Self-compassion involves acknowledging that suffering and failure are a part of the human condition, and that all people are worthy of compassion. The concept of self-compassion has its roots in Eastern Buddhist philosophy.
Kristin Neff (2003) emphasizes that:
“… Compassion is usually conceptualized in terms for compassion for others, but in Buddhist psychology, it is believed that it is as essential to feel compassion for oneself as it is for others.” (p. 224).
The idea of self-compassion is that we should show ourselves the same compassion as we show others:
“It involves offering others patience, kindness and non-judgmental understanding, recognizing that all humans are imperfect and make mistakes.” (p. 224).
Self-compassionate people know and acknowledge their own limitations. They are in touch with themselves, so to speak. Neff (2003) has identified three elements of self-compassion:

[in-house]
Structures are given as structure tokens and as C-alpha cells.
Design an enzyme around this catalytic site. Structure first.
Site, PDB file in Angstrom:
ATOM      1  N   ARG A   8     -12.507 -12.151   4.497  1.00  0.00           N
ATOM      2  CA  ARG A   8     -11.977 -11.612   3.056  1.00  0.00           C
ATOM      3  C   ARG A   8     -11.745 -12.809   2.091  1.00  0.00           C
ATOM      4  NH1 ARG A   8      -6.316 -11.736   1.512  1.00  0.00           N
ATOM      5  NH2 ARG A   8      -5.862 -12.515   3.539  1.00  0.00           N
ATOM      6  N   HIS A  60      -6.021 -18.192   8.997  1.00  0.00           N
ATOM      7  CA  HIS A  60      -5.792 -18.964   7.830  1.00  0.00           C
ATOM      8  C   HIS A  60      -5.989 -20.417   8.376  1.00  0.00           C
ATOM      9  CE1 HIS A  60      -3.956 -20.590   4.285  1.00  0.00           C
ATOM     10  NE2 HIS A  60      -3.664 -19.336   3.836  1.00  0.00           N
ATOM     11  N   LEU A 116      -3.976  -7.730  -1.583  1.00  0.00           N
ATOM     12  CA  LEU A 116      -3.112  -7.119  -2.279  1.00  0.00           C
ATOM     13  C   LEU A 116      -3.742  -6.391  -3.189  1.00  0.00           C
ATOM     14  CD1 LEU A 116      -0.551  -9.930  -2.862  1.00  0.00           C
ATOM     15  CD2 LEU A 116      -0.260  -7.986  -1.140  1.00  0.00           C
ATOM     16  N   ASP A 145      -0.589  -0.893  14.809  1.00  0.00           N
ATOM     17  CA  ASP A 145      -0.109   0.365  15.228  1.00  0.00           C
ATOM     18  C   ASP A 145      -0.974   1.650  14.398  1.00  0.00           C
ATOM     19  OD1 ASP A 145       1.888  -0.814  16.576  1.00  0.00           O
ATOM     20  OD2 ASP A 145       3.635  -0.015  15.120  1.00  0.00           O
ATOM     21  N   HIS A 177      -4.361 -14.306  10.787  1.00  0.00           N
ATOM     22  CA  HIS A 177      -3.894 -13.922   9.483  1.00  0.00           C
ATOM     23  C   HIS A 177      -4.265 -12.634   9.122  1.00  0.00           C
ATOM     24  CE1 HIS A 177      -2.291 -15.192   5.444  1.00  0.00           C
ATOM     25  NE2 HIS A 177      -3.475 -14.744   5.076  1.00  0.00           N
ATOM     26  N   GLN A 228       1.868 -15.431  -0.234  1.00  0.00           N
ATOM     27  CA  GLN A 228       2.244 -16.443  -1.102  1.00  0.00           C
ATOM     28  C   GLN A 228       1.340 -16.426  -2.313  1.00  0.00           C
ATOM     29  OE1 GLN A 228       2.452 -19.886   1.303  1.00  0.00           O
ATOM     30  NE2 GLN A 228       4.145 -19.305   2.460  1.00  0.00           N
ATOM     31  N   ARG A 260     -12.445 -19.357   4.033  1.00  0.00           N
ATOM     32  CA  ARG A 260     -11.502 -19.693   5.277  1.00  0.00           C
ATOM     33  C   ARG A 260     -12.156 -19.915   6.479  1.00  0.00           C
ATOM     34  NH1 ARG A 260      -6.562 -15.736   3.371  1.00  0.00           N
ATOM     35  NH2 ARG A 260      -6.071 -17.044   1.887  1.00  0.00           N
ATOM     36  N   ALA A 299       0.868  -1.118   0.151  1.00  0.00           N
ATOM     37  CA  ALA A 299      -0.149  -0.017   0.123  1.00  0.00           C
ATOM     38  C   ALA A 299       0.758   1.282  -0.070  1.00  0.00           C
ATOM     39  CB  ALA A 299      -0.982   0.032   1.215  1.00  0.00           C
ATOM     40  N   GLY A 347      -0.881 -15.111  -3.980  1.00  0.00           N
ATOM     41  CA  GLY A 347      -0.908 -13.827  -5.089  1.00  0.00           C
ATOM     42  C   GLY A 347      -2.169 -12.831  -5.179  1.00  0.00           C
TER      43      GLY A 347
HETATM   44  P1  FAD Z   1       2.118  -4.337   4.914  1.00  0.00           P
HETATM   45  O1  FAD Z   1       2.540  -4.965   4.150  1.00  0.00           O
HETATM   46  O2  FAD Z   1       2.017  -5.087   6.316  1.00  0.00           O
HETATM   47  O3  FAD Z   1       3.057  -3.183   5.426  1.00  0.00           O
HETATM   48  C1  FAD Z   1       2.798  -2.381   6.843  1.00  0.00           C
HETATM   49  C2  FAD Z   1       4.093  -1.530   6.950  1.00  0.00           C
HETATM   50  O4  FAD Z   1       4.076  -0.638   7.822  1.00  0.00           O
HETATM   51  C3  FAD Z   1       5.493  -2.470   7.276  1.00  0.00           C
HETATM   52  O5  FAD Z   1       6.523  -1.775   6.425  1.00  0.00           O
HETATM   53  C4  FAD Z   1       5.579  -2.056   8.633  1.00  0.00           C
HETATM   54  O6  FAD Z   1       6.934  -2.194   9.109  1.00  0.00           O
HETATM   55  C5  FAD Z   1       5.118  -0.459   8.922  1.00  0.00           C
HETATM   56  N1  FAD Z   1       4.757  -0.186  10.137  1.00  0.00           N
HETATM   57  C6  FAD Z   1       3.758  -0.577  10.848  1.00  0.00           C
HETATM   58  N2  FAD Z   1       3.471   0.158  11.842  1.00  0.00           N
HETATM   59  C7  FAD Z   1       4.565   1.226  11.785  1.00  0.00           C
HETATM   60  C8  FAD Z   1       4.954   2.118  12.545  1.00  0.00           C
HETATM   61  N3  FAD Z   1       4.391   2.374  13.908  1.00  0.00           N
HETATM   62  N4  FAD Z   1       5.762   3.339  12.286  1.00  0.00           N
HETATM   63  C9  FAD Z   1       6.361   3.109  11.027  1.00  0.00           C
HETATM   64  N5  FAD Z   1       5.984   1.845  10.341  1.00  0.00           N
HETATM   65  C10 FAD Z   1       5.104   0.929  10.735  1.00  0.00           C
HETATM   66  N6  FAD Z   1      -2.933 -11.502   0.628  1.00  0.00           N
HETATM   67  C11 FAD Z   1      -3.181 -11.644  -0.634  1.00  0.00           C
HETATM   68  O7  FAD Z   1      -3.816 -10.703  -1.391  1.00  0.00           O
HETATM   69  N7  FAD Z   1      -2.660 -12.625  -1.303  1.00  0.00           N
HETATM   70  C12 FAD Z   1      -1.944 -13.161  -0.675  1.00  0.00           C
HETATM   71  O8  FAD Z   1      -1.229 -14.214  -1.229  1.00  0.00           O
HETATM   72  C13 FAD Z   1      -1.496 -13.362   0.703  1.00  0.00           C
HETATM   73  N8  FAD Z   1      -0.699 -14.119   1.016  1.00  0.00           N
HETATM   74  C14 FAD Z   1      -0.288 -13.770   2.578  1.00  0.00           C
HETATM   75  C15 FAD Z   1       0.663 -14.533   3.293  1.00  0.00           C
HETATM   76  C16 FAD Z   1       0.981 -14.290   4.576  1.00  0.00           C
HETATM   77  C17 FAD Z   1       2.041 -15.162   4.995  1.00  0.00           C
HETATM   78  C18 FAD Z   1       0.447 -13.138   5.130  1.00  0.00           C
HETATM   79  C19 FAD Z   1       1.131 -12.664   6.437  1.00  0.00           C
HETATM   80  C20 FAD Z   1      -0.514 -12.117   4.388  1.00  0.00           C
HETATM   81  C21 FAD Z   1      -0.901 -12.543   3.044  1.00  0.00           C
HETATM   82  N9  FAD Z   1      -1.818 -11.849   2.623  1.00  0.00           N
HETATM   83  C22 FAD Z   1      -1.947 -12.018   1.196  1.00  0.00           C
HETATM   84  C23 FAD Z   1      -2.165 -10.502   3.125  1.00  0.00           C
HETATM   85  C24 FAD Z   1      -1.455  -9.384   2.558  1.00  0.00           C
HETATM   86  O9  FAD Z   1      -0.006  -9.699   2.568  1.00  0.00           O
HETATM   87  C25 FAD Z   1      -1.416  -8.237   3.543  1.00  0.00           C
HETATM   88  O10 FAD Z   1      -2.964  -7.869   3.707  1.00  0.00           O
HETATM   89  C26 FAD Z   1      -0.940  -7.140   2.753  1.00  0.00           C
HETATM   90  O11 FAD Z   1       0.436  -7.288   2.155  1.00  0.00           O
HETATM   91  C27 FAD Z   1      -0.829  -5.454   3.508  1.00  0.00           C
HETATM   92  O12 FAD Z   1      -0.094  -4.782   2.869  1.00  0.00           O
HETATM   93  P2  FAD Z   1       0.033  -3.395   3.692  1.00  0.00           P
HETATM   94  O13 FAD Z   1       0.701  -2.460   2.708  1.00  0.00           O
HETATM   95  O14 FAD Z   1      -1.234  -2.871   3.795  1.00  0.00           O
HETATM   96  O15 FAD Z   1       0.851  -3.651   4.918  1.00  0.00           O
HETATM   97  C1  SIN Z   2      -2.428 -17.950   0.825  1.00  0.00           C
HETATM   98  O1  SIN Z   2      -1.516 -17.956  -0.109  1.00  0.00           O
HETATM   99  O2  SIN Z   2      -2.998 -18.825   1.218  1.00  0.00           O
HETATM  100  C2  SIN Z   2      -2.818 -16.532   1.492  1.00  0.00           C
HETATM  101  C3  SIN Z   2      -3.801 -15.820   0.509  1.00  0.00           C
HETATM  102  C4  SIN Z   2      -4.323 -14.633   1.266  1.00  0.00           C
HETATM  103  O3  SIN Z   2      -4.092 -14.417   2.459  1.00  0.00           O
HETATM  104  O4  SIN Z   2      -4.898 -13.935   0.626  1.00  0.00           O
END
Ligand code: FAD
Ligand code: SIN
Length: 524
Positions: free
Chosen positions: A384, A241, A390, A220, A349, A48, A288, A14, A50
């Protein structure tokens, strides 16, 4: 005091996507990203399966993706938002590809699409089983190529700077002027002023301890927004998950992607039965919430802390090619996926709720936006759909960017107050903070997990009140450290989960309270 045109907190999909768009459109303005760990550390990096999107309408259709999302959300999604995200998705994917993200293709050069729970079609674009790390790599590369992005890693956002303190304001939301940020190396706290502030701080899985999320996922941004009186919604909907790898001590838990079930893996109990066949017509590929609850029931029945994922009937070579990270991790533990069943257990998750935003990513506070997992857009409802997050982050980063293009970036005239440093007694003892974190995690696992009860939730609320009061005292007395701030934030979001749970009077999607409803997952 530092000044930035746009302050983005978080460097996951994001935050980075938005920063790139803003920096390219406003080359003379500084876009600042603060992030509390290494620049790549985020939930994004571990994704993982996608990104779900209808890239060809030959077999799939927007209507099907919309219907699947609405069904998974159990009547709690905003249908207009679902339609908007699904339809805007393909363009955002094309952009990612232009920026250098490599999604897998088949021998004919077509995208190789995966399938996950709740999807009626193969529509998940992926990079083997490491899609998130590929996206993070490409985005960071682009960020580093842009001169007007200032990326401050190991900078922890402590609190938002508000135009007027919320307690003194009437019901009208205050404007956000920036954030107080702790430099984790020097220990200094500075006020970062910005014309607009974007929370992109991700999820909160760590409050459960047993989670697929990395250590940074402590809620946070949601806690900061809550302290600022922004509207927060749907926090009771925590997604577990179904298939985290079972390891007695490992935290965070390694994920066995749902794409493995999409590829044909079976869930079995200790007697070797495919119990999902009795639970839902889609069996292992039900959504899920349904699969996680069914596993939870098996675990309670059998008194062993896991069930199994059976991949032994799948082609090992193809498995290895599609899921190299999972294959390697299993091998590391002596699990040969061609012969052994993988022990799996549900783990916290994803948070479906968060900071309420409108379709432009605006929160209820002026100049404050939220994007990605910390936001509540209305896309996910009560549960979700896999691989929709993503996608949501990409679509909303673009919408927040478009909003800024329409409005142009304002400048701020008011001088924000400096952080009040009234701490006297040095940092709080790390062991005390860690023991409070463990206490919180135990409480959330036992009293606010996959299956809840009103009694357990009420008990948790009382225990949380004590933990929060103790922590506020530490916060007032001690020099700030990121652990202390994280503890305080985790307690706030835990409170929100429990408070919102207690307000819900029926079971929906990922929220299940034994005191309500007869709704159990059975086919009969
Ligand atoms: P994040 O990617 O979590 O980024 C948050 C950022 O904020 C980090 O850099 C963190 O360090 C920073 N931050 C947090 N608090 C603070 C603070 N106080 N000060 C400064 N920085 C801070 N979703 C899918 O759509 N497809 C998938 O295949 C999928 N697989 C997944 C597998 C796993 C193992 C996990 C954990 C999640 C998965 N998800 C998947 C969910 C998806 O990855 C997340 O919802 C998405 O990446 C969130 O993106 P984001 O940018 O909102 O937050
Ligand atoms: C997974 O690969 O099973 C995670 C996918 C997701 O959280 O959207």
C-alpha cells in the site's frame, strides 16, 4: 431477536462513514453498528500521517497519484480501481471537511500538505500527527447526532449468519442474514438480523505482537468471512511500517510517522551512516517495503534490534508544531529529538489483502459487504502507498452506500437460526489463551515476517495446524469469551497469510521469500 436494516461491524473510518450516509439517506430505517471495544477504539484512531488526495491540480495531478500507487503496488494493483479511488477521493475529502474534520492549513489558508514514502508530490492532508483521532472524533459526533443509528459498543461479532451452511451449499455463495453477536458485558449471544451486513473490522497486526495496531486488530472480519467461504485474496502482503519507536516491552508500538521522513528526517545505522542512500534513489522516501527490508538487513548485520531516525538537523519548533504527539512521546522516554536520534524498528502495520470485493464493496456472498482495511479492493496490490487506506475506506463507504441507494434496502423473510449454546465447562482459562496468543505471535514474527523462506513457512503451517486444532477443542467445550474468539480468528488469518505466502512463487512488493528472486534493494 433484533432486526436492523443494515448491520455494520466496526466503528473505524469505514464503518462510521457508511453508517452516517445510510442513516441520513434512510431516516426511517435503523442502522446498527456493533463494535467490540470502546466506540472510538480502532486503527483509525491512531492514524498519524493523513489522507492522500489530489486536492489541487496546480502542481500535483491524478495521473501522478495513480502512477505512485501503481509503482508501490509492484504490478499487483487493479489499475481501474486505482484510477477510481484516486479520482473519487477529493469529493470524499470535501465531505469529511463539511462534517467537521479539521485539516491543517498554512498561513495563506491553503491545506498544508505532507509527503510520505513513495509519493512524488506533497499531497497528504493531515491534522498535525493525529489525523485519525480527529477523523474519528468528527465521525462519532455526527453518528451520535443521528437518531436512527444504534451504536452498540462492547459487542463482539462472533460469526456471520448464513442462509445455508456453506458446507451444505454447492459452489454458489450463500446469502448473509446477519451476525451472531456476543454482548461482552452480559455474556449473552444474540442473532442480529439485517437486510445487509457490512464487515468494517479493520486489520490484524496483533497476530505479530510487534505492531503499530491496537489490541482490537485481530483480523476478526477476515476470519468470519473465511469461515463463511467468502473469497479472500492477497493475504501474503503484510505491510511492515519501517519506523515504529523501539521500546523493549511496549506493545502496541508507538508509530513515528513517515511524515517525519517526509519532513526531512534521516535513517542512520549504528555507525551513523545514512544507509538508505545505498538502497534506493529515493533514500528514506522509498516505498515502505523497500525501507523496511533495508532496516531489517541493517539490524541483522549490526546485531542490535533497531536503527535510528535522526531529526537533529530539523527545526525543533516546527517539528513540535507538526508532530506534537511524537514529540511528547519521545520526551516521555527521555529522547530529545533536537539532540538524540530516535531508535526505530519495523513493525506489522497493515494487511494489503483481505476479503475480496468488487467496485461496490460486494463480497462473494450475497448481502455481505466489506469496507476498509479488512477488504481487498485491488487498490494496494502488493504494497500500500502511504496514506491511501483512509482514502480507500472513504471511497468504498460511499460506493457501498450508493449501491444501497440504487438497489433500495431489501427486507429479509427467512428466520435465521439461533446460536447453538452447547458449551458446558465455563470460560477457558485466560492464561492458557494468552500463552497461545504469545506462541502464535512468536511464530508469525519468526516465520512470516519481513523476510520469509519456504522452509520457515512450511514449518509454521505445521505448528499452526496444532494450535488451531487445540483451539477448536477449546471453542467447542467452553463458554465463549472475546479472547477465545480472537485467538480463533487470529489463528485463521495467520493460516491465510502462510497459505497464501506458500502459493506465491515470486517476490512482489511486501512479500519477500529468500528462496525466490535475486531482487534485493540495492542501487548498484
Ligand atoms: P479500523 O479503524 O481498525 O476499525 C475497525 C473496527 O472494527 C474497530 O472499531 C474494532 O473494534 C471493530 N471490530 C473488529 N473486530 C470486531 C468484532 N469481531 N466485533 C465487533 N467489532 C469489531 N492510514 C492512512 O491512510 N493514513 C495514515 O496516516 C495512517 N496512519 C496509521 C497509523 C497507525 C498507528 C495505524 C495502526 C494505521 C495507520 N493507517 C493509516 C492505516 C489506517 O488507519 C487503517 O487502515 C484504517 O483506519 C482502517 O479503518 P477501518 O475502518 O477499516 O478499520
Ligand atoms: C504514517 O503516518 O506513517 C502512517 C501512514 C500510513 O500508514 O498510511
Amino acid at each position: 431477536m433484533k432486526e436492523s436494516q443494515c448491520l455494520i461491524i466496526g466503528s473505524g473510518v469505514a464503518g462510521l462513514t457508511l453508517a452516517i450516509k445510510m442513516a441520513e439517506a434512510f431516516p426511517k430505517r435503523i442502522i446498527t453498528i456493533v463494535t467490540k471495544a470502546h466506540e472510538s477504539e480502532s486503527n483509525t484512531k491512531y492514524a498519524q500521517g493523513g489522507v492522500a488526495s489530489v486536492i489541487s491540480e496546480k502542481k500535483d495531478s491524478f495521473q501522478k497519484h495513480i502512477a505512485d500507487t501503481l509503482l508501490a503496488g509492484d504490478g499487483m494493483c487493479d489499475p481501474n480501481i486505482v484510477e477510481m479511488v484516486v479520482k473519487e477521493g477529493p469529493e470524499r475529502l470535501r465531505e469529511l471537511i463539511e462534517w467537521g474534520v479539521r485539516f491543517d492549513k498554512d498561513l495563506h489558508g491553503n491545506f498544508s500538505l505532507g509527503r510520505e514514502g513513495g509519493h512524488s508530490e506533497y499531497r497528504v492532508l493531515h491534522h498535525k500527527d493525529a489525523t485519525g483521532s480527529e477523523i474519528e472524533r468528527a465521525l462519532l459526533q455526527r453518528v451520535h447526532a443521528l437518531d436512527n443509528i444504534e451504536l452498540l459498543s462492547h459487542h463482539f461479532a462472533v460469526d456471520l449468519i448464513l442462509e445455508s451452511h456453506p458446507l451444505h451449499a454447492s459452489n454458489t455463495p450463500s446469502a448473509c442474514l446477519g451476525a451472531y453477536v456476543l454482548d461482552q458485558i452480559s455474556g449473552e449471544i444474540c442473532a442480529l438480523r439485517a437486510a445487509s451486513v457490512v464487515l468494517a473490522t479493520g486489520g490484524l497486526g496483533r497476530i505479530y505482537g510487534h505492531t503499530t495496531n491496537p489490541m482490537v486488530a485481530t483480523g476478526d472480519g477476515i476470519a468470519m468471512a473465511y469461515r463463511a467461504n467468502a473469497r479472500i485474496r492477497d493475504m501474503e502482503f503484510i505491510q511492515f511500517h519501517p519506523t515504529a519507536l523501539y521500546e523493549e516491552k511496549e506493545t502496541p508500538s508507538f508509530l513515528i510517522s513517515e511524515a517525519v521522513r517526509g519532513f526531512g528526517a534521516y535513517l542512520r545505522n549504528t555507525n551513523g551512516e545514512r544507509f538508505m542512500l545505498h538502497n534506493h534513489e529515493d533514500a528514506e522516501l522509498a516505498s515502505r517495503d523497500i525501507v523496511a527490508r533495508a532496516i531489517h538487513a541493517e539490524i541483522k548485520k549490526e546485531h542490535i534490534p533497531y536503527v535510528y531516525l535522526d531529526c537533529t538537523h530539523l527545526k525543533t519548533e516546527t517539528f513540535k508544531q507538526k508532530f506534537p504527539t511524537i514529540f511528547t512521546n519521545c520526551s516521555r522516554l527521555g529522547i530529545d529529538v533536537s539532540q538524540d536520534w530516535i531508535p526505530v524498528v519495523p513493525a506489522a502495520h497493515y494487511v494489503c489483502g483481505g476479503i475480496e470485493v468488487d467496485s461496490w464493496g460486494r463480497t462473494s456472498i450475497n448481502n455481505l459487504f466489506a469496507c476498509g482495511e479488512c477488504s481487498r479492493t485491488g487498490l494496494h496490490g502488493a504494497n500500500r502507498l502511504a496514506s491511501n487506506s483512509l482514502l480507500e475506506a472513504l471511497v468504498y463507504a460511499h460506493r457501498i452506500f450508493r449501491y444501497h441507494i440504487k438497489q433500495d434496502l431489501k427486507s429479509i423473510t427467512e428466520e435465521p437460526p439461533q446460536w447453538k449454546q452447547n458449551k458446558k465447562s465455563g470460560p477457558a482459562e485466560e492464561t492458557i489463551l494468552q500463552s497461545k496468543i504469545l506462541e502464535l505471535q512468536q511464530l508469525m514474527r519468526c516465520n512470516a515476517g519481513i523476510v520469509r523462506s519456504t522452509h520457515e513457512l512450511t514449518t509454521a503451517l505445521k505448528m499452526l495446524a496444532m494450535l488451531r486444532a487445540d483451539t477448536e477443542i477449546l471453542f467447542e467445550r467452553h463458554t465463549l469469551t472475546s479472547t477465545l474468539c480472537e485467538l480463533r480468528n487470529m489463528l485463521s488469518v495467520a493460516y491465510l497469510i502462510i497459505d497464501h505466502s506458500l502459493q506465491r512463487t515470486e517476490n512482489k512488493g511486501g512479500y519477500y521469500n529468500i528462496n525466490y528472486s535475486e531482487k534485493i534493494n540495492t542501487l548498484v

Self-kindness is about acknowledging that imperfection and failure are inevitable parts of life. It is about being kind to ourselves in the face of life difficulties.
Dreams or ideals do not always come true. Instead of being frustrated about this, we should accept this reality. Ideals are ideals for a reason, right? We should not spend all of our time thinking about the things we could have, instead, we should enjoy the things we already have.
2. Shared humanity
We tend to think that we experience more difficulties than others do, but all humans are inherently vulnerable and imperfect.
We should acknowledge that we are dependent of others, and that interactions with others form who we are. For example, our feelings, thoughts and behaviors are influenced by external factors such as our culture, history, and genes etc.
For this reason, we should be less judgmental about ourselves. We have little control over many aspects of our lives, and we should understand and acknowledge this as it is a shared human experience.
We should not identity ourselves with negative thoughts and emotions. Instead, we should try to be more self-aware, i.e. seing our own situation in a larger perspective.
Being mindful is about observing our mental states without trying to suppress or deny them. This means that we approach our emotions non-judgmentally and with acceptance.